in Driving forces, Future, Strategy perspective

Maslow turned upside down?

Sometimes I feel like we all live in an upside down world. When preparing a lecture I suddenly saw something that could illustrate this. Maslow’s hierarchy of needs have been important for how social scientists and others have been looking at our society. If things really are upside down, why not try to turn the hierarchy of needs upside down as well and see what’s happening? (No, I do not have any deeper knowledge about the ideas behind the hierarchy or its current status in psychology…)
Somehow it sounds right to me that more and more people actually see the world this way. Mostly young people I believe, but it have been spreading for some time. Here we can refer to e g Anthony Giddens discussion about modernity…

Even if I saw this mostly as a fun experiment, it really made me think about how modern western societies are organized. They are built to support the lower levels of the Maslow hierarchy of needs (not the upside down version) which are believed to be the basic needs of the citizens.

Can it be so that the basic needs logic of the modern citizen in the western world have changed when the whole society have moved up the hierarchy?

I wonder if one of the major problems we have in our society today is that the largest group of the population have the needs of the two top levels of Maslow’s hierarchy? I am not saying that there doesn’t exist needs belonging to the lower levels as well, but the reasons for that may include that the democratic system fails to support the now basic needs of self-esteem and actualization? Instead the society’s most active, energetic and competent people search fulfillments of these needs elsewhere and most commonly in different activist groups or in spiritual or religious communities. Communities which in some cases are in harmony with the rest of the society, but sometimes in conflict with it. Regardless of which they are separate communities defining new visions, values and norms in parallel to the visions, values and norms which the democratic systems promote.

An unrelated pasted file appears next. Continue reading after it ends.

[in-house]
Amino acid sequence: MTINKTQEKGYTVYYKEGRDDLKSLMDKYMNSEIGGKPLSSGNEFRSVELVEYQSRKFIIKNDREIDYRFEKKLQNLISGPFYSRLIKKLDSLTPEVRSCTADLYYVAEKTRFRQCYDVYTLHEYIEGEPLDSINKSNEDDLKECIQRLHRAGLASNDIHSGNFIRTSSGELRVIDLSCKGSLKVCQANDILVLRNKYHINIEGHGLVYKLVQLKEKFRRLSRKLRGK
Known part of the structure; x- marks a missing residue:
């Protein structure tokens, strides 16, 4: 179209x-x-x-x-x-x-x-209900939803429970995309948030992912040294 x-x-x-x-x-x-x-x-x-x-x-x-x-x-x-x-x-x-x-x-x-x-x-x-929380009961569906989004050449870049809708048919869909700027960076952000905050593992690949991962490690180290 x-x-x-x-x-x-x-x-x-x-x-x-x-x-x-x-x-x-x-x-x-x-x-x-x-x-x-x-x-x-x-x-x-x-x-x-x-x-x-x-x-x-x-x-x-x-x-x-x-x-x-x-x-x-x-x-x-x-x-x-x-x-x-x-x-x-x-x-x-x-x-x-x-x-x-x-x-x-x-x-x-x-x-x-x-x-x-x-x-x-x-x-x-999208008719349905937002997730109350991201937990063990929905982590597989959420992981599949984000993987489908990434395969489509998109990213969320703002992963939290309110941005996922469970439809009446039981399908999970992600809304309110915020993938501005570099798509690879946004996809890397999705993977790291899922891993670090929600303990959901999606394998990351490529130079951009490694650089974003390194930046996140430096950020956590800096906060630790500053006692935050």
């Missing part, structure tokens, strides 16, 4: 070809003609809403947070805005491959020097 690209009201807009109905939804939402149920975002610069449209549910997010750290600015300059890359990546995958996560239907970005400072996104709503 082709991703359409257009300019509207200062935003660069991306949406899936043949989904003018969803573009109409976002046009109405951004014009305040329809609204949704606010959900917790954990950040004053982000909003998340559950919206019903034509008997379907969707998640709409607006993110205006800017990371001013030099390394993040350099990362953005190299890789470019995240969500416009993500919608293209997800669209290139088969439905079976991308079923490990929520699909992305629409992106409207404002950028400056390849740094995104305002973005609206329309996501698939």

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  1. Maslow sets a framework that was really innovative at the time; but that has aged a lot :
    – The needs hierarchy is directly copied from North American/US culture (try it with Japanese or Indians…)
    – The idea that satisfying a ‘lower level’ need is the key to next level is wrong: you’d rather die than beg (some actually do) or you blow yourself up ‘for the cause’;
    – What comes first is ‘sense’ [like in ‘to make sense’]; you can simplify the pyramid in 3 levels (from the bottom up): survival, linking & sense; and sense propels the other levels: if what I live doesn’t make sense for me, I’ll let myself die; on the contrary, a human being can survive almost anything as long as they can give it meaning…
    – By the way, the (5) senses are what we make sense with…and they give us a sense of direction: a new born child feels/smells their mother, orients towards her & experiments ‘it’s good’ (assigns a positive meaning).
    – So, yes, I suggest we put Maslow’s pyramid on its tip!

  2. I believe there are only two types of living organisms or complex adaptive systems at work in the world. I type them by their potentials, or where they are going and where they have been. There is type one the organism of need, as demonstrated by Maslow’s hierarchy of needs. Your Maslow’s hierarchy of wants, or in other words, the potential of want demonstrates type two.

    We in the USA are of the type two varieties. In fact most of us don’t seem to know anymore what we actually need to survive. Our wants power this economy while our reality moves between the need to conform and our wanting to diversify.

  3. Interesting thoughts! The other day I had a discussion about the free will, and maybe that has something to do with it. We are talking about degrees of free will. Now we are reaching to another level of free will on a systemic (statistical?) level. En emergent free will for the (connected) humanity as a whole??

  4. Sometimes I think that we try to socialize everything, but do we need food because we are socialized? In the same time the presented model is amazing, showing how actually the system try to be or become.

  5. This is the absolute first time I’ve seen the Hierarchy turned upside down. As a Professional Counselor using The Hierarchy of Needs as the basis for much of the work I do, I look forward to disucssing this with colleagues and some of my more fully actualized clients! Thanks.